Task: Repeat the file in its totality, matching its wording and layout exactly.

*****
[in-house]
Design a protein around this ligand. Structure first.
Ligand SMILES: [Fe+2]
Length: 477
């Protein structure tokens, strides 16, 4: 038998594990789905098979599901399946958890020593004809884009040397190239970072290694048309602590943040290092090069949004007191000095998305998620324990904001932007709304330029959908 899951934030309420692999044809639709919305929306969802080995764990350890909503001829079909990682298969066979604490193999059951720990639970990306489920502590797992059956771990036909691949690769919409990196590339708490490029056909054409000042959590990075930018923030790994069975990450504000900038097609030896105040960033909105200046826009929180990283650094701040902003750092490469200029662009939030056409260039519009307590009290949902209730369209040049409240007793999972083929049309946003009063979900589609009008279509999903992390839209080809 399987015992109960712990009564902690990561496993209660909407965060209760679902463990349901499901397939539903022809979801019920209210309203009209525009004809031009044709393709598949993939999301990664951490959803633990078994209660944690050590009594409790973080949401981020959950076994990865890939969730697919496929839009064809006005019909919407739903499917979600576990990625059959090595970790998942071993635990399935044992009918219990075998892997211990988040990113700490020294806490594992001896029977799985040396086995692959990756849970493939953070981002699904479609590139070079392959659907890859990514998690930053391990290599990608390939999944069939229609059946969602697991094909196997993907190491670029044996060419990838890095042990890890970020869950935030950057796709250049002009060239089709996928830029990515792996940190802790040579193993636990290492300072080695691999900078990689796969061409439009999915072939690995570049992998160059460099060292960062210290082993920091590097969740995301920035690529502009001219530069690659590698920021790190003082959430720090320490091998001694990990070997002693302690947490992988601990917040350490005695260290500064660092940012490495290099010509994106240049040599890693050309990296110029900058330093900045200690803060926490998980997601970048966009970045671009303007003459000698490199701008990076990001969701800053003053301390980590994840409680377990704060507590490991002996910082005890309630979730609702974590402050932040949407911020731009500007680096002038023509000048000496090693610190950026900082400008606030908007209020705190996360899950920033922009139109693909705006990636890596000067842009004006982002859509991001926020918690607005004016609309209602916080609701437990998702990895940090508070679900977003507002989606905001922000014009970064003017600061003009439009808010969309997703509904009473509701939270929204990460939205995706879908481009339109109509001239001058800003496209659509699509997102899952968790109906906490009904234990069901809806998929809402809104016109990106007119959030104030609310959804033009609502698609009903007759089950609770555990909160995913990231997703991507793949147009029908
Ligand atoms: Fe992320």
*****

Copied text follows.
[in-house]
Design a protein around this ligand. Structure first.
Ligand SMILES: [Fe+2]
Length: 477
């Protein structure tokens, strides 16, 4: 038998594990789905098979599901399946958890020593004809884009040397190239970072290694048309602590943040290092090069949004007191000095998305998620324990904001932007709304330029959908 899951934030309420692999044809639709919305929306969802080995764990350890909503001829079909990682298969066979604490193999059951720990639970990306489920502590797992059956771990036909691949690769919409990196590339708490490029056909054409000042959590990075930018923030790994069975990450504000900038097609030896105040960033909105200046826009929180990283650094701040902003750092490469200029662009939030056409260039519009307590009290949902209730369209040049409240007793999972083929049309946003009063979900589609009008279509999903992390839209080809 399987015992109960712990009564902690990561496993209660909407965060209760679902463990349901499901397939539903022809979801019920209210309203009209525009004809031009044709393709598949993939999301990664951490959803633990078994209660944690050590009594409790973080949401981020959950076994990865890939969730697919496929839009064809006005019909919407739903499917979600576990990625059959090595970790998942071993635990399935044992009918219990075998892997211990988040990113700490020294806490594992001896029977799985040396086995692959990756849970493939953070981002699904479609590139070079392959659907890859990514998690930053391990290599990608390939999944069939229609059946969602697991094909196997993907190491670029044996060419990838890095042990890890970020869950935030950057796709250049002009060239089709996928830029990515792996940190802790040579193993636990290492300072080695691999900078990689796969061409439009999915072939690995570049992998160059460099060292960062210290082993920091590097969740995301920035690529502009001219530069690659590698920021790190003082959430720090320490091998001694990990070997002693302690947490992988601990917040350490005695260290500064660092940012490495290099010509994106240049040599890693050309990296110029900058330093900045200690803060926490998980997601970048966009970045671009303007003459000698490199701008990076990001969701800053003053301390980590994840409680377990704060507590490991002996910082005890309630979730609702974590402050932040949407911020731009500007680096002038023509000048000496090693610190950026900082400008606030908007209020705190996360899950920033922009139109693909705006990636890596000067842009004006982002859509991001926020918690607005004016609309209602916080609701437990998702990895940090508070679900977003507002989606905001922000014009970064003017600061003009439009808010969309997703509904009473509701939270929204990460939205995706879908481009339109109509001239001058800003496209659509699509997102899952968790109906906490009904234990069901809806998929809402809104016109990106007119959030104030609310959804033009609502698609009903007759089950609770555990909160995913990231997703991507793949147009029908
Ligand atoms: Fe992320």